Starting always seems like the hardest part, which is why losing momentum can be so demotivating. After a week of not working out, eating KFC and spending the early hours of the morning smashing Warzone with the boys, I feel… unsatisfied.
When I consistently ignore my goals, I become more irritable and find myself getting annoyed at others, often for things I would have ignored in the past. Not only that, but my self-perception significantly declines, leading to negative self-talk. ‘You lazy shit’, is a good example.
You see, when I stop doing things for my future self and only focus on doing comfortable, cosy, warm, safe things in the short term, my long term suffers. Like Kofi Stone says, ‘the comfort zone, a beautiful place, but nothin’ grow’. For me, life is like riding a bike. To keep my balance, I must keep moving forward.
How David Goggins inspired me to get out of a rut
So on the 5th day of waking up at 1 p.m. and scrolling Insta aimlessly until 2 p.m., I started to wonder: ‘how do I reset’? My answer is simple but extremely effective. Seek out pain. Seek out suffering. Seek out discomfort.
David Goggins is the master of this. Check out one of his one-minute clips on YouTube if you want to see the intensity at which he engages in pain-seeking and accountability. This guy has done what many people would deem impossible, many times over. This includes:
- Losing 106 lbs in 100 days
- Running 100 miles in under 24 hours with no training
- Breaking the world record for pull-ups
Arguably his most impressive feat is completing ‘Hell Week’. This is a military training activity in which aspiring US Navy SEALS are forced to endure seemingly endless physical tasks, while awake for 130 hours straight. Oh, he did this 3 times, by the way.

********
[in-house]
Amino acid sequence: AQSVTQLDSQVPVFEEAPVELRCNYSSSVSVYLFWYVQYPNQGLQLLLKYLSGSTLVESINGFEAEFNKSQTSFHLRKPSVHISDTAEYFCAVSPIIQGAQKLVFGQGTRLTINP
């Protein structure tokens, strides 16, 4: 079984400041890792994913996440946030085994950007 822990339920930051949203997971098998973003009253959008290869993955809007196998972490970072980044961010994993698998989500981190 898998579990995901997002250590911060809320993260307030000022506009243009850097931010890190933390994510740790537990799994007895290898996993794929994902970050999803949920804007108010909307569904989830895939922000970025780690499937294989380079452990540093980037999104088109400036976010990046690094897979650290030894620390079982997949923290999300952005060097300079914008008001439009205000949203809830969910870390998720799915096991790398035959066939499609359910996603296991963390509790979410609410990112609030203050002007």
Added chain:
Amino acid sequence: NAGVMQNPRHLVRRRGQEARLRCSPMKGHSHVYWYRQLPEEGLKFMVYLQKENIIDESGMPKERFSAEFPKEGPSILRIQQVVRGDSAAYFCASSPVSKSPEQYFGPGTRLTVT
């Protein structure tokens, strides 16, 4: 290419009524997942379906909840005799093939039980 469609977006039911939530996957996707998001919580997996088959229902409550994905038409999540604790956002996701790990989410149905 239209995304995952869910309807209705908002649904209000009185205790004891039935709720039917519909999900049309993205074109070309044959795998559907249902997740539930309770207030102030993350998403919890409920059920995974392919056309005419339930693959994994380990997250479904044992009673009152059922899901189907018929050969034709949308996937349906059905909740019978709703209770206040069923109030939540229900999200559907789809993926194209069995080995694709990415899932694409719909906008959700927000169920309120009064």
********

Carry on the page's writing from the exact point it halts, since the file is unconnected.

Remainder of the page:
But that’s the thing – these tasks are just as much, if not more, mental than physical. Remember, Goggins is a human being. A mere mortal. Born no different to you or me.
The overwhelming question when you hear of such torture is: Why? What’s the point? Goggins argues that you find more of yourself when you lean into pain and suffering. You improve your self-perception, by achieving things which you previously thought were simply impossible or at the very least, extremely difficult.
Time to pick up momentum
When I’m in a rut, everything seems difficult. Getting out of bed or going to the shops, let alone going to the gym or going for a run, just seems long.
At this point, however, I’m already thinking too much. I’m stuck in my head and like with all fear, that is the only place in which it exists: in my head. If I were to lace up my shoes and head out for a run with no expectation of myself or comparison to others, it would feel good. I might even start to enjoy it.
Starting always seems like the hardest part, but is it really? When you’re in a rut, going to the gym or going for a run feels like a new start. So why not treat yourself like a beginner again?
If you were running for the first time, you wouldn’t have previous speeds or distances to compare yourself to. You would just run and see what happens. Maybe you get tired after 500m. So what? At least you’ve started. Tomorrow will be easier.